UK overdraft usage increases by 7.1% as cost-of-living crisis bites: Clearscore
New data from credit marketplace ClearScore reveals rising dependence on overdraft facilities, as household finances come under pressure from spiralling inflation.
According to the data, powered by open banking technology and based on 20,000 UK bank accounts, overdraft usage has increased by 7.1% since August 2021. Additional consumer research conducted with 2,000 people suggests that this trend could continue into the new year. One in four (25%) say they are likely to continue relying more on their overdrafts in the coming six months.
ClearScore’s open banking figures also show the impact of rising inflation on household expenditure. Essential spend – defined as groceries, bills, fuel and rent, for example – has increased by 25% since August 2021, yet wage growth is lagging behind over the same period at just 10%. As a result, essential spend as a proportion of income has risen by 6% as prices rise and income fails to keep up.
These findings come as household finances continue to be squeezed, with many people highlighting concerns about the months to come. Over half (52%) of those surveyed by ClearScore say they are concerned about their financial situation over the next six months, with nearly one in four (23%) who say they are not confident about the security of their job, not confident about their ability to pay their mortgage or rent (24%) or household bills (27%).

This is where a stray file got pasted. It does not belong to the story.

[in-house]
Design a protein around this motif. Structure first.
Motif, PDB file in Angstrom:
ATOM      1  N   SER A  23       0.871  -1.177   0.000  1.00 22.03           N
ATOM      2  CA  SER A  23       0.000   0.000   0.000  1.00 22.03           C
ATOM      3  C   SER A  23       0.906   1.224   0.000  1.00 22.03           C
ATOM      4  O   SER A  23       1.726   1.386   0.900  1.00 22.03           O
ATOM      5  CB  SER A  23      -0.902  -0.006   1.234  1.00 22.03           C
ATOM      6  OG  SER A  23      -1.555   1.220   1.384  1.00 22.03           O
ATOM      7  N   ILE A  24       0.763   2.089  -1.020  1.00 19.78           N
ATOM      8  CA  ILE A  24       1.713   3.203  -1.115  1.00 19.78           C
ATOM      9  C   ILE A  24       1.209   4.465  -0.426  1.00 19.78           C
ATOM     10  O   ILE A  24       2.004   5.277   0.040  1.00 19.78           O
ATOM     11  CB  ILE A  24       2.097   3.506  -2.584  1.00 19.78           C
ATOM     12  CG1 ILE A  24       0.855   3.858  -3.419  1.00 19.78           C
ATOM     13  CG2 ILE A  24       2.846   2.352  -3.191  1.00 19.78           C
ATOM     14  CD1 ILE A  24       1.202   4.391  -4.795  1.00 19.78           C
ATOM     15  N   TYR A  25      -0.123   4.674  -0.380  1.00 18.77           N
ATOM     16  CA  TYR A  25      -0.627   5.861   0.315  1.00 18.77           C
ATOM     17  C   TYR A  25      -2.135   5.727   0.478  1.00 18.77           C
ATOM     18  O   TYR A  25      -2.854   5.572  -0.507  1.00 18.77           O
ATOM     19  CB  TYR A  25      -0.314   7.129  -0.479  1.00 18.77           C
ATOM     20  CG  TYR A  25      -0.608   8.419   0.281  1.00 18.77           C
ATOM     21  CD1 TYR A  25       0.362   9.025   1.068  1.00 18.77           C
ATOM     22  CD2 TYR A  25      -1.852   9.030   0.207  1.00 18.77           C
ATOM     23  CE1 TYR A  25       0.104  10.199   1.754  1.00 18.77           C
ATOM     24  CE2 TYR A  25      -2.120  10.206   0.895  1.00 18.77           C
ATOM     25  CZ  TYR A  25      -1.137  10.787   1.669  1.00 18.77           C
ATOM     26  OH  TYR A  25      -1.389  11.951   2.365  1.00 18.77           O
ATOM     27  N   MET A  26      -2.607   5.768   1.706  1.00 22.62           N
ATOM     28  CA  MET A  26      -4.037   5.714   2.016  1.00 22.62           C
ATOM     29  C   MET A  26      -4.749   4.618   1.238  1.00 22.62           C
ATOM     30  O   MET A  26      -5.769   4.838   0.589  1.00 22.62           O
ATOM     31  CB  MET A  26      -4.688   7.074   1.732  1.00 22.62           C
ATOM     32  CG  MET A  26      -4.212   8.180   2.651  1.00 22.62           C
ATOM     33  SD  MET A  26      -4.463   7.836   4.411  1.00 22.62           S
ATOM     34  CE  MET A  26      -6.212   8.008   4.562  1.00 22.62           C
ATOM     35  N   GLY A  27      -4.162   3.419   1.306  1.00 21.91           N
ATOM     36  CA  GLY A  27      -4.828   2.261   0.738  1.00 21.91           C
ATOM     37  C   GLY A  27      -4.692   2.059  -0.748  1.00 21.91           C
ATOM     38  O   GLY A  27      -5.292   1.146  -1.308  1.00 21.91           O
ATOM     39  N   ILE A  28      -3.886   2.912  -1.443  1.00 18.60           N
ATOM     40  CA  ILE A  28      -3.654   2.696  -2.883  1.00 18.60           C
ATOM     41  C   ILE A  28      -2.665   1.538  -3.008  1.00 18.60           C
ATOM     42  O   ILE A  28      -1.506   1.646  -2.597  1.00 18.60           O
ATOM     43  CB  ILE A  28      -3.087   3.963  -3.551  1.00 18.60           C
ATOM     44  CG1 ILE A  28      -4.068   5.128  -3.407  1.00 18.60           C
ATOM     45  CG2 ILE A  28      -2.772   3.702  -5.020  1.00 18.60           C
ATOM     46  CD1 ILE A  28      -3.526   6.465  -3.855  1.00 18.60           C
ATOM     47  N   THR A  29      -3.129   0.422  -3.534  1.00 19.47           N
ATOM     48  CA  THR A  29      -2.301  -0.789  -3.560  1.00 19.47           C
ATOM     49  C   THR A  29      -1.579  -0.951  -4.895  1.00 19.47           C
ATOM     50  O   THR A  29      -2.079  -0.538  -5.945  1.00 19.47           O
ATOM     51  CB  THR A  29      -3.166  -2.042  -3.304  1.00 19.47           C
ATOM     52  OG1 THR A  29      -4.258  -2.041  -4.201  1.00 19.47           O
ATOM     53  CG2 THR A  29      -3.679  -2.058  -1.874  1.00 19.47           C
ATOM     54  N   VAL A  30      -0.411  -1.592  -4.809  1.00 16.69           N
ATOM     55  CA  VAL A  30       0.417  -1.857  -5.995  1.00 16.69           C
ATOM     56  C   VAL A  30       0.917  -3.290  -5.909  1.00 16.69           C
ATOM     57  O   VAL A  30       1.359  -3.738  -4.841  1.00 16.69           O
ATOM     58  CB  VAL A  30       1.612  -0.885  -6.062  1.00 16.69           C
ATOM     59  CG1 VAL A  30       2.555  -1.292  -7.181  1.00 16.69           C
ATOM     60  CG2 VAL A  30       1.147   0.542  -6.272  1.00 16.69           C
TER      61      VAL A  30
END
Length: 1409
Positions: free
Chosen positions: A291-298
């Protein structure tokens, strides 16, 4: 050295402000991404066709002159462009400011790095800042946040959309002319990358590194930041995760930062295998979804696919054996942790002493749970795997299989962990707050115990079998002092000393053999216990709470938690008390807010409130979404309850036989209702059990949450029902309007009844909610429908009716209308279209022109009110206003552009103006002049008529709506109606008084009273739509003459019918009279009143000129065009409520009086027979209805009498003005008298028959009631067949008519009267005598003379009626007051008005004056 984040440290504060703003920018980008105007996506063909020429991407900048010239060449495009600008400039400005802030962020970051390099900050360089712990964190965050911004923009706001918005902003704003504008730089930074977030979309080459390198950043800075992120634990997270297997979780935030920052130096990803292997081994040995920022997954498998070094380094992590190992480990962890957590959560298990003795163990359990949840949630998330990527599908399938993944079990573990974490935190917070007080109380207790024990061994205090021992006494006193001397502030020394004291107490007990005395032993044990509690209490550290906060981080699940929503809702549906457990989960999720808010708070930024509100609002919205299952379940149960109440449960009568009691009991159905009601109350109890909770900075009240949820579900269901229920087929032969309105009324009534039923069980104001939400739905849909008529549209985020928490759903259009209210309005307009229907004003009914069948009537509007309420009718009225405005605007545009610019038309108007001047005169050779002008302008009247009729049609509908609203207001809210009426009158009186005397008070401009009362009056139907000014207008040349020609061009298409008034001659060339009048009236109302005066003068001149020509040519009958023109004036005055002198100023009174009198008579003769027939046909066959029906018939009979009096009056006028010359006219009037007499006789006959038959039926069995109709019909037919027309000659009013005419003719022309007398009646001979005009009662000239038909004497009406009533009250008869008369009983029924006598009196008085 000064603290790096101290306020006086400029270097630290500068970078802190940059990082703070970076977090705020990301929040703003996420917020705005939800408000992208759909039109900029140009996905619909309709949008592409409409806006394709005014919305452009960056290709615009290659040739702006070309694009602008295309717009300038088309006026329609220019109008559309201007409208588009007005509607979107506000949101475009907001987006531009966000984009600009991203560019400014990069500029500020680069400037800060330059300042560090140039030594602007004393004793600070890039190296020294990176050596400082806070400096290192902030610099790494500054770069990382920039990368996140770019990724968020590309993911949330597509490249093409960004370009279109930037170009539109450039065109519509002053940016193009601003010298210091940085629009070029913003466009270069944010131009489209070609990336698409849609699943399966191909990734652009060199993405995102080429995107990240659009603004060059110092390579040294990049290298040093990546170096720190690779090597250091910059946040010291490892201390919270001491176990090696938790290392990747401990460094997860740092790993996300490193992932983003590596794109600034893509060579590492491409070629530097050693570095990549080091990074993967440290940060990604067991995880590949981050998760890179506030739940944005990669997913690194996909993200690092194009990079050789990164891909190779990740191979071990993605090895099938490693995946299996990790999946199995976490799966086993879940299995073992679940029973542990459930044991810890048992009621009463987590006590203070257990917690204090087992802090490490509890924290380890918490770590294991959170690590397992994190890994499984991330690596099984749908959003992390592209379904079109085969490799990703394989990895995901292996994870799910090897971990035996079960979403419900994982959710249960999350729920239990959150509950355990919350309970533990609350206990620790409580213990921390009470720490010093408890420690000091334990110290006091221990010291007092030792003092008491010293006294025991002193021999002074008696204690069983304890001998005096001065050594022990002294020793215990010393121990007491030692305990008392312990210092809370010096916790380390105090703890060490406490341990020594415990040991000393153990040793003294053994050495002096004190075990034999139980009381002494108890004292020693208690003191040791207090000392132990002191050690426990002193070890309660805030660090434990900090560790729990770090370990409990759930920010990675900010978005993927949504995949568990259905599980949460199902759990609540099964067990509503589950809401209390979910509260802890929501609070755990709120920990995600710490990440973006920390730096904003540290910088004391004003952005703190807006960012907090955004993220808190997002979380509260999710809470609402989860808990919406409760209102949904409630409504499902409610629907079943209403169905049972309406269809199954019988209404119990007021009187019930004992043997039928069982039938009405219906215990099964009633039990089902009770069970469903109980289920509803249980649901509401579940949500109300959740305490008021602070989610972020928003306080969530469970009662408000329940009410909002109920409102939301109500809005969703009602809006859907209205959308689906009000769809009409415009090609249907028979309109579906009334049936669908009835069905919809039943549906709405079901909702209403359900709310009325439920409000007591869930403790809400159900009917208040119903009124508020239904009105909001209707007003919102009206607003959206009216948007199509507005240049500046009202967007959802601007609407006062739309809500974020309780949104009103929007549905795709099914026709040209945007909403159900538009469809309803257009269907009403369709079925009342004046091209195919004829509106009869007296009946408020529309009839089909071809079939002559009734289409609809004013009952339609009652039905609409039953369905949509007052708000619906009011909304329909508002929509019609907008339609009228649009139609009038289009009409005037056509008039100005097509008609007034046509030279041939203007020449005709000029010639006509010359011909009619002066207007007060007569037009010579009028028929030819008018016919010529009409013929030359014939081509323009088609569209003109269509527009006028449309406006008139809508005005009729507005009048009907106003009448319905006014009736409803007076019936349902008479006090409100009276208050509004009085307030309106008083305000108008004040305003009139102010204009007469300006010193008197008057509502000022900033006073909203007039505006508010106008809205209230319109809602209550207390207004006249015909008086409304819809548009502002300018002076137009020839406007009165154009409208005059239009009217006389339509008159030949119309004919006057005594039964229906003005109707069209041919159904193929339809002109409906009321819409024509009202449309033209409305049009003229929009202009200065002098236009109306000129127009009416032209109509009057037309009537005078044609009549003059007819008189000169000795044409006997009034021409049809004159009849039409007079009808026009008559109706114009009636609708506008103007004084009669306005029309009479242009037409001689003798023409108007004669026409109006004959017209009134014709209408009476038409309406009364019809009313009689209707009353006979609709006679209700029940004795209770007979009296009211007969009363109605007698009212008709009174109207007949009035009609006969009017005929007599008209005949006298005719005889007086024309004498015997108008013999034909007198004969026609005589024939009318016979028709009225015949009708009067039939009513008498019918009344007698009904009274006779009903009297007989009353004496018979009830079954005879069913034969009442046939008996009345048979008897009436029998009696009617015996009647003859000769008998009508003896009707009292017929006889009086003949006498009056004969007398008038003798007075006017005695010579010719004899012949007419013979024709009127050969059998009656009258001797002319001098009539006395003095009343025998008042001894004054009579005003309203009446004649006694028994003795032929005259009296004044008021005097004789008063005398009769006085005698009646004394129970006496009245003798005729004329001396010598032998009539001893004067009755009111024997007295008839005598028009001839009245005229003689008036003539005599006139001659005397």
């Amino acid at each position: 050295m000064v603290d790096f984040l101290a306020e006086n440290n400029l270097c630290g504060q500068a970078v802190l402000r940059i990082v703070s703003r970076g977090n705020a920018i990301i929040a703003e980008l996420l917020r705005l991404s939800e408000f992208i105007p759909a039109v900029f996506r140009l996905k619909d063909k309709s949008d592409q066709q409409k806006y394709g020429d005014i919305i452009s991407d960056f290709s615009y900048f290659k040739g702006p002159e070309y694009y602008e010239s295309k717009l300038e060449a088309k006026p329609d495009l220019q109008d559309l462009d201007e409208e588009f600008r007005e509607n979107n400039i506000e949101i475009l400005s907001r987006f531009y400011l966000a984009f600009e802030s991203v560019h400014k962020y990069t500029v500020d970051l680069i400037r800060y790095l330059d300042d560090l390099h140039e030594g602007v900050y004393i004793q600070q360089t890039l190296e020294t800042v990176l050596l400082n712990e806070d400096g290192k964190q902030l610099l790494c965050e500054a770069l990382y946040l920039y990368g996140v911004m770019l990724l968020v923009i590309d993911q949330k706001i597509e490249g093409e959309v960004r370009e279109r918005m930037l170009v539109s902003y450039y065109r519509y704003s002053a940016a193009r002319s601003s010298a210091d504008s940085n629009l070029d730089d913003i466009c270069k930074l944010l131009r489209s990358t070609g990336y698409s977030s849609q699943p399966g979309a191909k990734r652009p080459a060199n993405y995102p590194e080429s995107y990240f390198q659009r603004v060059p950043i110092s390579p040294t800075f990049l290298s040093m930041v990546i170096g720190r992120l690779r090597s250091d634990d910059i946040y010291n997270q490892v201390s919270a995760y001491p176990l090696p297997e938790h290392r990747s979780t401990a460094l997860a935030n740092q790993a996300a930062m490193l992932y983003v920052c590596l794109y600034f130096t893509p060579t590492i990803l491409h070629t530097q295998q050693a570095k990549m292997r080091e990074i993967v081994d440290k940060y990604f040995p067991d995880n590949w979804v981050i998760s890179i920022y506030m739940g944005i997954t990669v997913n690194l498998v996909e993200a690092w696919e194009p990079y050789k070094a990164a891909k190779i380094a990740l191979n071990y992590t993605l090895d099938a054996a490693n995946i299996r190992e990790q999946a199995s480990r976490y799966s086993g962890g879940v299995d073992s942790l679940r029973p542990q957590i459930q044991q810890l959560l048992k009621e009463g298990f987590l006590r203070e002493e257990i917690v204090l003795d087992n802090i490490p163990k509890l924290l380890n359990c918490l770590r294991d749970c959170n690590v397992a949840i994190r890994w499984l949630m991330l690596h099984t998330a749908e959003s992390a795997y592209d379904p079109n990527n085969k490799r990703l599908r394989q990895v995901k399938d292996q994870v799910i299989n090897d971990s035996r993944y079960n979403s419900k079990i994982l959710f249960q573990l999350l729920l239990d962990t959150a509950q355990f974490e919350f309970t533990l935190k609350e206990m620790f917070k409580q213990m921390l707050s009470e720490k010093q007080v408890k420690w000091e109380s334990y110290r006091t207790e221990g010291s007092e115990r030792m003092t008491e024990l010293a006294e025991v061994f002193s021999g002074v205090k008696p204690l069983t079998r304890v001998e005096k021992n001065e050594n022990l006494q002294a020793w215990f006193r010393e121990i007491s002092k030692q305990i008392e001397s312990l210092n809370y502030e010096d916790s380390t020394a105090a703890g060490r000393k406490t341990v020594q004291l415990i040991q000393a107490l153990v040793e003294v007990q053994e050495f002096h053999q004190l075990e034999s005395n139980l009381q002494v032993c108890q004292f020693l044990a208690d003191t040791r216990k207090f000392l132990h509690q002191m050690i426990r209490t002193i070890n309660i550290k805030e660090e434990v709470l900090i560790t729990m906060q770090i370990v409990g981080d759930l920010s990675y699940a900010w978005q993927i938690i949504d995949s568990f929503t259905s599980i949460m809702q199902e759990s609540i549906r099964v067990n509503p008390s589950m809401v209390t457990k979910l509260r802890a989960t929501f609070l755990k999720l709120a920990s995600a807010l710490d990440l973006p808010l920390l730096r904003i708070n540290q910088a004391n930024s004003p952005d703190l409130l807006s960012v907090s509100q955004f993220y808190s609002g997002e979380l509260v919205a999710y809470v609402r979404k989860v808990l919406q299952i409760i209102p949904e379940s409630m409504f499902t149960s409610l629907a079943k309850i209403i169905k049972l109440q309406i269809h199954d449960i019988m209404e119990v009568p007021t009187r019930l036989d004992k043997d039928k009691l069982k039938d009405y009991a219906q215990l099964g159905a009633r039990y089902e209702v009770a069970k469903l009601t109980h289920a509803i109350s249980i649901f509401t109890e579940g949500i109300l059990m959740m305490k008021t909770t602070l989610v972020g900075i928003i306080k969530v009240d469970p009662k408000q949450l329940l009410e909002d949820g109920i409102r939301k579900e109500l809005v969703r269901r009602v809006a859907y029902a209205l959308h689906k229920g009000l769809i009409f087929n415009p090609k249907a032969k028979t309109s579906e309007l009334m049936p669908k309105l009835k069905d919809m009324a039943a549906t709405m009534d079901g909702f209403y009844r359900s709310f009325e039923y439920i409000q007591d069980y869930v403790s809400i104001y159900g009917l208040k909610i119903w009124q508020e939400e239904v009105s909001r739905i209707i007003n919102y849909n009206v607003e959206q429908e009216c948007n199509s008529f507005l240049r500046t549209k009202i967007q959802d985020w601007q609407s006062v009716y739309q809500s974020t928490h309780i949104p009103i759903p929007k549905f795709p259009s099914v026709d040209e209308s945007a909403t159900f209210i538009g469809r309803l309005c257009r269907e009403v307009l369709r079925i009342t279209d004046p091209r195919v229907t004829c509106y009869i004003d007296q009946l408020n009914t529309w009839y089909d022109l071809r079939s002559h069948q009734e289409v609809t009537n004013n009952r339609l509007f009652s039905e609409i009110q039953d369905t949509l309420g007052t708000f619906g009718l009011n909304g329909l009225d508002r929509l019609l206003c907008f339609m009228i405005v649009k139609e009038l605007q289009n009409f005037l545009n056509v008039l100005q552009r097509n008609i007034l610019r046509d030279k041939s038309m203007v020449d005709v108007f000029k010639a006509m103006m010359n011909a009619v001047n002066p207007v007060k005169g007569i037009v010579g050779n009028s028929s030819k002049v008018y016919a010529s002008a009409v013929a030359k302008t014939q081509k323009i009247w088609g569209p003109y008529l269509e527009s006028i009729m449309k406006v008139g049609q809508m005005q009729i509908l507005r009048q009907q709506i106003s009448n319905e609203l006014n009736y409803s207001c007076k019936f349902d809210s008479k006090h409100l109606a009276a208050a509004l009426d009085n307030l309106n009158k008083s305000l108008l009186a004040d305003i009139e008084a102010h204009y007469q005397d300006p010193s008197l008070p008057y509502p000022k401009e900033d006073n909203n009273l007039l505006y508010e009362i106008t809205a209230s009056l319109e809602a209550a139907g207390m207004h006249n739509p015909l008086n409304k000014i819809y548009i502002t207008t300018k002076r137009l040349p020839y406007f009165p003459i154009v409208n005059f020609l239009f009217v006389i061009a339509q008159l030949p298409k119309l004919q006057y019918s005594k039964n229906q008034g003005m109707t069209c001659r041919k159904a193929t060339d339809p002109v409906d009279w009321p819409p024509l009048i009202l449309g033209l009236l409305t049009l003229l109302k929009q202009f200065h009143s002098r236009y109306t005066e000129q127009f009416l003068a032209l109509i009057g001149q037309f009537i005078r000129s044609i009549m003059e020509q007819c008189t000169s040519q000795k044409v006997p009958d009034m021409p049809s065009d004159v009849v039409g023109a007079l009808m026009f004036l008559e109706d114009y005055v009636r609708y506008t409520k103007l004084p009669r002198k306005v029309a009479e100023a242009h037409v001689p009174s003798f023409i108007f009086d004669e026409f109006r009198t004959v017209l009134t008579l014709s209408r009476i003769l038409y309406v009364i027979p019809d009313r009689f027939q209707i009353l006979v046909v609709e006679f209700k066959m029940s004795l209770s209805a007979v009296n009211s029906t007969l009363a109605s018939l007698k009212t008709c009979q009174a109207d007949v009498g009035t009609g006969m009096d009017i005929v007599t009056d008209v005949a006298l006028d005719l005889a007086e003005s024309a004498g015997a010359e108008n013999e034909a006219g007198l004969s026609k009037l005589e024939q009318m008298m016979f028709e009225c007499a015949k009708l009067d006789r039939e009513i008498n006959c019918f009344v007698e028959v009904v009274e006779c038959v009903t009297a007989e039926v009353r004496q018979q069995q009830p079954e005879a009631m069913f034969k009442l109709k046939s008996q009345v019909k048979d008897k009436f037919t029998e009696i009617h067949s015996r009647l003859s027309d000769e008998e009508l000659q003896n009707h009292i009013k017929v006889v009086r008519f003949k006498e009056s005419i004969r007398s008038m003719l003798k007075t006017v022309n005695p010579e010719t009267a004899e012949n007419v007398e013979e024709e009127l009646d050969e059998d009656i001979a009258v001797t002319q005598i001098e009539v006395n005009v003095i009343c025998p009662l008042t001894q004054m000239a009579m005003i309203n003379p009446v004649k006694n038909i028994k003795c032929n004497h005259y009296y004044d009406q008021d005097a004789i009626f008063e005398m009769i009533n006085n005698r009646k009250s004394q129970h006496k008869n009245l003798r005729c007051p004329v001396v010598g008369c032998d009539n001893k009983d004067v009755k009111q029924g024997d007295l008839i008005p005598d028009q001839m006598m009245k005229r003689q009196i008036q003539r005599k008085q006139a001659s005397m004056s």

Brits make changes to mitigate rising costs
As the cost-of-living crisis continues, more people are taking precautions to mitigate its impact. According to the research, many people are also planning other ways to navigate the coming months. This includes consolidating existing debt (30%), paying off existing debt (46%) and dipping into savings to pay for day-to-day expenses (43%).
Table 1: Percentage of people planning to make changes to mitigate the rising cost of living
Percentage of people planning to do so in next six months
|Consolidate existing debt||
|Pay off existing debt||
|Dip into savings to pay for day-to-day expenses||
|Look for additional sources of income||
|Cut back on non-essential spending||
|Delay or cut back on big purchases||
|Cut back on putting money into savings/investments||
Source: ClearScore via Opinium, November 2022
Justin Basini, CEO and Co-Founder of ClearScore, commented, “Understandably, many more of us are dipping into our overdrafts and using credit generally as the cost of living continues to rise and our income doesn’t stretch as far as it did before. With Christmas approaching and energy bills causing ongoing concern, this trend looks set to continue.
“Encouragingly, however, many people do seem to be balancing this greater dependence with action to cut costs where they can, to make their money go further. Looking for small, simple changes – such as consolidating debt or cutting back where you can – will be hugely important to keep problem debt to a minimum this new year.”